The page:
Based on the findings that anti-A and anti-B antibody profiles represent an assay independent pattern we further investigated one potential ovarian cancer biomarker, which was previously identified by us using PGA in a discovery approach; antigen P1 (Galα1-4Galβ1-4GlcNAcβ) . In order to approach this question with appropriate comparative numbers, we increased the cohort of 31 patients where blood groups were known to a cohort of 48 samples, including 23 undifferentiated serous cancer patients of ovarian, tubal and peritoneal origin, totaling to 24 benign and 24 cancer cases (Table 1). Glycan-based assays were plotted against each other and their relationship determined by linear regression analysis. In comparison to the ABO assays, anti-P1 correlations across the three assays appeared to be much weaker. The comparison between PGA and SA showed the highest correlation (rccc=0.55 for the entire cohort, 0.58 for benign and 0.43 for malignant samples, Fig. 3). The discrimination between control and cancer patients showed the same trend in both SA and PGA with lower anti-P1 antibody levels in the cancer cohort (p=0.03 and p=0.004, respectively, Fig. 3). No improvement in discrimination could be achieved in the comparisons of PGA or SA with ELISA assay (Fig. 3).
In the current study, which is in continuity of two previous publications of ours using both a newly described PGA and SA [11, 21], we investigated the efficacy and selectivity of three custom-developed immunoassays to profile anti-glycan antibodies in individual human plasma samples. All three methods adequately reflected the known serological isohaemagglutinin distribution within ABO blood groups, with the best being SA and PGA. The correlation between all three assays was more distinctive for the detection of anti A-antibodies than for anti-B antibodies. Our results indicate that anti-A/B blood group antibodies positively correlated with each other and that all glycan immunoassays could detect these with statistical significance. They demonstrated method-independent tendencies due to their high affinity, which reflects their strong biological importance even in a small patient cohort .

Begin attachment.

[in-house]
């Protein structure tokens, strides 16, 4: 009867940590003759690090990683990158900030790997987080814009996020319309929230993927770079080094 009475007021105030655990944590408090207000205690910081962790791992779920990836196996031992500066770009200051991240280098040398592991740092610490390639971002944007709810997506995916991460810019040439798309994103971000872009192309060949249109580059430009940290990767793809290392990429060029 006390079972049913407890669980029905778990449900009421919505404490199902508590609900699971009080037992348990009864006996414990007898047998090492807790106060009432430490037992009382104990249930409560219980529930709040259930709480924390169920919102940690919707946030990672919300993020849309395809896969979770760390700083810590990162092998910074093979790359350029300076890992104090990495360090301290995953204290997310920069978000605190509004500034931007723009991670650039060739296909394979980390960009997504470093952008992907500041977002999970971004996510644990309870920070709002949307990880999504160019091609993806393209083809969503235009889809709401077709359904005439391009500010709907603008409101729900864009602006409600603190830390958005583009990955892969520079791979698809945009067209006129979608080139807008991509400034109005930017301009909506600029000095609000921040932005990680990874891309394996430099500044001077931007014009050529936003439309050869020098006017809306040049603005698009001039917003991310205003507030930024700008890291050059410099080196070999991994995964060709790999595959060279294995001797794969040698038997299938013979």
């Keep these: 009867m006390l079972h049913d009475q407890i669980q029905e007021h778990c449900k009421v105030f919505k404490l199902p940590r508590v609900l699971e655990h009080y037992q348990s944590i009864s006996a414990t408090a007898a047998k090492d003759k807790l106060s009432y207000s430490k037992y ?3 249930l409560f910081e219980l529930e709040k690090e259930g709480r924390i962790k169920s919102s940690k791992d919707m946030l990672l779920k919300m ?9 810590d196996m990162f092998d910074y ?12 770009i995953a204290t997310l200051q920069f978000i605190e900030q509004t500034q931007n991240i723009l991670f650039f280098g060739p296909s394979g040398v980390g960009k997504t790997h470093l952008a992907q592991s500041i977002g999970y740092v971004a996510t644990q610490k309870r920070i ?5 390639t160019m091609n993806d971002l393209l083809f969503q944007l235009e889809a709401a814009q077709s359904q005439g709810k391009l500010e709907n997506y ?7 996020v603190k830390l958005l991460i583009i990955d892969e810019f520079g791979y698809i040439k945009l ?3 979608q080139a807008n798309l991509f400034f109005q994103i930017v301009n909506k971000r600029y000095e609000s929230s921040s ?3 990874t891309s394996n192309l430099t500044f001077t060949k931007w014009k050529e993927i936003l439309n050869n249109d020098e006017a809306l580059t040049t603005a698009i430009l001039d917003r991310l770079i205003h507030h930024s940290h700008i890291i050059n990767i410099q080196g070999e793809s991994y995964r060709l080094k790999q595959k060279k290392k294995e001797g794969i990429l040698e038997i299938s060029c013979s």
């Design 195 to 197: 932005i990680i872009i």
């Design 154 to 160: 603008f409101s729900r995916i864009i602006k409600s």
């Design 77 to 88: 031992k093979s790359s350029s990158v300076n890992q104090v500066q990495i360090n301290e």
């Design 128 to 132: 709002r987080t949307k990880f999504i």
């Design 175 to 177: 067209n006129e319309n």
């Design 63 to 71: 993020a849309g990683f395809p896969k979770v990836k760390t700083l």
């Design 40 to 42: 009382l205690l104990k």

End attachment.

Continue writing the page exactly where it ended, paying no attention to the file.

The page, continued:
In contrast, anti-P1 correlations across the three assays were considerably less pronounced although it was primarily detected by PGA with the highest discriminative power in a discovery approach in non-mucinous ovarian cancers. Nevertheless, with equal control to cancer patient numbers we did improve the correlation of this cancer-specific marker for the comparison of PGA and SA.